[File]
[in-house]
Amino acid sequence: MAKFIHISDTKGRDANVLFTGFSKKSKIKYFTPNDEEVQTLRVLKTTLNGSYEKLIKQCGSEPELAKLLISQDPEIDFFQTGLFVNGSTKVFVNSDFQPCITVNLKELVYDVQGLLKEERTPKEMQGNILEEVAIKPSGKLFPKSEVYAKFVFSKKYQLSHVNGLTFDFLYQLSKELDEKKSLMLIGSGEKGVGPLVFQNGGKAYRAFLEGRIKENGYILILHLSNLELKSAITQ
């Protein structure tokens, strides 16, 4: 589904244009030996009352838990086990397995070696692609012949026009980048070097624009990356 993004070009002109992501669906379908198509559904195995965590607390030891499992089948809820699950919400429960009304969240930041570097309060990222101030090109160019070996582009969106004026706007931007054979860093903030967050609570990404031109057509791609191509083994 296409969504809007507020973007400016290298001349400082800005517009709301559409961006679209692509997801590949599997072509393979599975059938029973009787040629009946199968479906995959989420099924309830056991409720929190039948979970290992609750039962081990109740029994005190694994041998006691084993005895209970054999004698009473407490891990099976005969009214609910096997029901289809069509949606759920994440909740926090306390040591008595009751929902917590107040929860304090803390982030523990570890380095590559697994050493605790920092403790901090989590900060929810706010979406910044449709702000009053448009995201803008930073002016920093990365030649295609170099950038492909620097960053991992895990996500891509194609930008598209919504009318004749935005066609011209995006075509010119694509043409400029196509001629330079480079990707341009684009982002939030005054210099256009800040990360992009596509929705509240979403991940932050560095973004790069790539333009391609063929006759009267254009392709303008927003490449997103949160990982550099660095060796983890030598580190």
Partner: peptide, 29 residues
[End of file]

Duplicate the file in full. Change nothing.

[in-house]
Amino acid sequence: MAKFIHISDTKGRDANVLFTGFSKKSKIKYFTPNDEEVQTLRVLKTTLNGSYEKLIKQCGSEPELAKLLISQDPEIDFFQTGLFVNGSTKVFVNSDFQPCITVNLKELVYDVQGLLKEERTPKEMQGNILEEVAIKPSGKLFPKSEVYAKFVFSKKYQLSHVNGLTFDFLYQLSKELDEKKSLMLIGSGEKGVGPLVFQNGGKAYRAFLEGRIKENGYILILHLSNLELKSAITQ
């Protein structure tokens, strides 16, 4: 589904244009030996009352838990086990397995070696692609012949026009980048070097624009990356 993004070009002109992501669906379908198509559904195995965590607390030891499992089948809820699950919400429960009304969240930041570097309060990222101030090109160019070996582009969106004026706007931007054979860093903030967050609570990404031109057509791609191509083994 296409969504809007507020973007400016290298001349400082800005517009709301559409961006679209692509997801590949599997072509393979599975059938029973009787040629009946199968479906995959989420099924309830056991409720929190039948979970290992609750039962081990109740029994005190694994041998006691084993005895209970054999004698009473407490891990099976005969009214609910096997029901289809069509949606759920994440909740926090306390040591008595009751929902917590107040929860304090803390982030523990570890380095590559697994050493605790920092403790901090989590900060929810706010979406910044449709702000009053448009995201803008930073002016920093990365030649295609170099950038492909620097960053991992895990996500891509194609930008598209919504009318004749935005066609011209995006075509010119694509043409400029196509001629330079480079990707341009684009982002939030005054210099256009800040990360992009596509929705509240979403991940932050560095973004790069790539333009391609063929006759009267254009392709303008927003490449997103949160990982550099660095060796983890030598580190």
Partner: peptide, 29 residues